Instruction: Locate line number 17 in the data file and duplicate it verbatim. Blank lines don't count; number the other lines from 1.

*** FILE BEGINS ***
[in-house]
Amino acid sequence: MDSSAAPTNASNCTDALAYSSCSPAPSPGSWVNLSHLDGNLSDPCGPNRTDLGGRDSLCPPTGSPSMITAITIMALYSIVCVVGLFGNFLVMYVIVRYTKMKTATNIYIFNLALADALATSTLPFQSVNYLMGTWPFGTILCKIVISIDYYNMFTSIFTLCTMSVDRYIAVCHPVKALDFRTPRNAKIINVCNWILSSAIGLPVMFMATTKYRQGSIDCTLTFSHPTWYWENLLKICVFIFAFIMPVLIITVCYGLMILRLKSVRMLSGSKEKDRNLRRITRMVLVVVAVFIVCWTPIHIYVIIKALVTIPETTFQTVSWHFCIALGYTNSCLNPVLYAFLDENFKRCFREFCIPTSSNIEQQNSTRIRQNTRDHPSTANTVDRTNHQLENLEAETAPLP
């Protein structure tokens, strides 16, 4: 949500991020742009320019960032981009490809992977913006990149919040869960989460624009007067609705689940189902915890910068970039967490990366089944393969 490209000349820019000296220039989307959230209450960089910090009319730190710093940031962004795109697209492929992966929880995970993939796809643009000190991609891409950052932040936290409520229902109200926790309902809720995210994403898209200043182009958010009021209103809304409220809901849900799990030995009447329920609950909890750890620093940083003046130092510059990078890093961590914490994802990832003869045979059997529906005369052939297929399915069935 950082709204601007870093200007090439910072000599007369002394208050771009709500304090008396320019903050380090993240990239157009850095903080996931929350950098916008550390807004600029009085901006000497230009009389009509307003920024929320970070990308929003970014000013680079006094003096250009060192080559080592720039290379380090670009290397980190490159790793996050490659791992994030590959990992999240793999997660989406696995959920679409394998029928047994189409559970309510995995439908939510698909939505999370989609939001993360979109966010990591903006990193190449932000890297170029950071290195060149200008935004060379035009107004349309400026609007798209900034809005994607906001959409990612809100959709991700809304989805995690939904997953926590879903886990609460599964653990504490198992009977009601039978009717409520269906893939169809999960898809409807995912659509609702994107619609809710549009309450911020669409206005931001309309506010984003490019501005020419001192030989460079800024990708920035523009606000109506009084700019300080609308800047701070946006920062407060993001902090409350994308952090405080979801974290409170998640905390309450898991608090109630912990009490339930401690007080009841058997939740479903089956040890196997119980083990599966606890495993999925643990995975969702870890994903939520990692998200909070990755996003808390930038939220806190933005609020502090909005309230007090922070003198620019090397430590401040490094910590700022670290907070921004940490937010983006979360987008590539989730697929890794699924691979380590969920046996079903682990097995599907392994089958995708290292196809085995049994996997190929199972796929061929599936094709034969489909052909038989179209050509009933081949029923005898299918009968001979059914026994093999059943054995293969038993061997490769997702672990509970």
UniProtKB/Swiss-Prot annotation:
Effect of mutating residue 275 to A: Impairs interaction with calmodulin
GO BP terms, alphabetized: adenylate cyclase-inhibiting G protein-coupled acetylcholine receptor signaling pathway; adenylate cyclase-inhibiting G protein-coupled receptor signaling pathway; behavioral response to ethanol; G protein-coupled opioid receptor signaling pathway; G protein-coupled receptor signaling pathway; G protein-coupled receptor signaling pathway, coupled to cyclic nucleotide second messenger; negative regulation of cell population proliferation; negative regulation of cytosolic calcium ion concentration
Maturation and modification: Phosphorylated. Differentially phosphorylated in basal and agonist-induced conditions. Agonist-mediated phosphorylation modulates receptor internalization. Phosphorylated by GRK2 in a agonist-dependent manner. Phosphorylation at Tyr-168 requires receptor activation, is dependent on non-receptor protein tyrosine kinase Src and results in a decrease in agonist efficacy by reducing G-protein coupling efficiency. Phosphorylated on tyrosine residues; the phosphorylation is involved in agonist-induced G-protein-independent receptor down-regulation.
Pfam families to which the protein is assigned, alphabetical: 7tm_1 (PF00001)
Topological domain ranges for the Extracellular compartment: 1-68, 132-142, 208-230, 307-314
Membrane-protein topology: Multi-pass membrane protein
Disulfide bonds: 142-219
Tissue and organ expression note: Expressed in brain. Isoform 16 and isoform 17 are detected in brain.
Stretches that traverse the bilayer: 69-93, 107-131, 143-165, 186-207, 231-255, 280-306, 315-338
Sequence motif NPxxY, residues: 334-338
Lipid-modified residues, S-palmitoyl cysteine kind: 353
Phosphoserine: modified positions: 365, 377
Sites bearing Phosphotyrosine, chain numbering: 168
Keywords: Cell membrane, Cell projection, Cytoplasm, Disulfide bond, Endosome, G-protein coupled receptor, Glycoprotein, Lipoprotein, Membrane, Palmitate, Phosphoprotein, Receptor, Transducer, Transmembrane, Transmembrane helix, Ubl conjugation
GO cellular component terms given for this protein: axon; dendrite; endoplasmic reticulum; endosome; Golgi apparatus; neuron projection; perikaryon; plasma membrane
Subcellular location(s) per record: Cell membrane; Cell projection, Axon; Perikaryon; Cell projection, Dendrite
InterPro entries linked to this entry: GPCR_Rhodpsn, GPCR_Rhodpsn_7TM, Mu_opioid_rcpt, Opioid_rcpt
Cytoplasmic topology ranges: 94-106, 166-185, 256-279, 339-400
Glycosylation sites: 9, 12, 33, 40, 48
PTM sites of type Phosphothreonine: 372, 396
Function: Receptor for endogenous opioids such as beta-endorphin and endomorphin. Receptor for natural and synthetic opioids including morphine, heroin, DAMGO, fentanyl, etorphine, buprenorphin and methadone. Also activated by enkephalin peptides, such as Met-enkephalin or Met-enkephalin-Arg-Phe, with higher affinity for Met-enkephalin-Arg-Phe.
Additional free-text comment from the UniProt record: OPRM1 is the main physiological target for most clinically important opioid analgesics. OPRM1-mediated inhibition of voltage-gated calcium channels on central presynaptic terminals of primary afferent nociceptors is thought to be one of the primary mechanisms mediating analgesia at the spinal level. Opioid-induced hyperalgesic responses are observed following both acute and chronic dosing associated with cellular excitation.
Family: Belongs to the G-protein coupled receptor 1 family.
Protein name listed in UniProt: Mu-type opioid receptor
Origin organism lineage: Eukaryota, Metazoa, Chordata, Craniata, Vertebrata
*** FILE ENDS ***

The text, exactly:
Sites bearing Phosphotyrosine, chain numbering: 168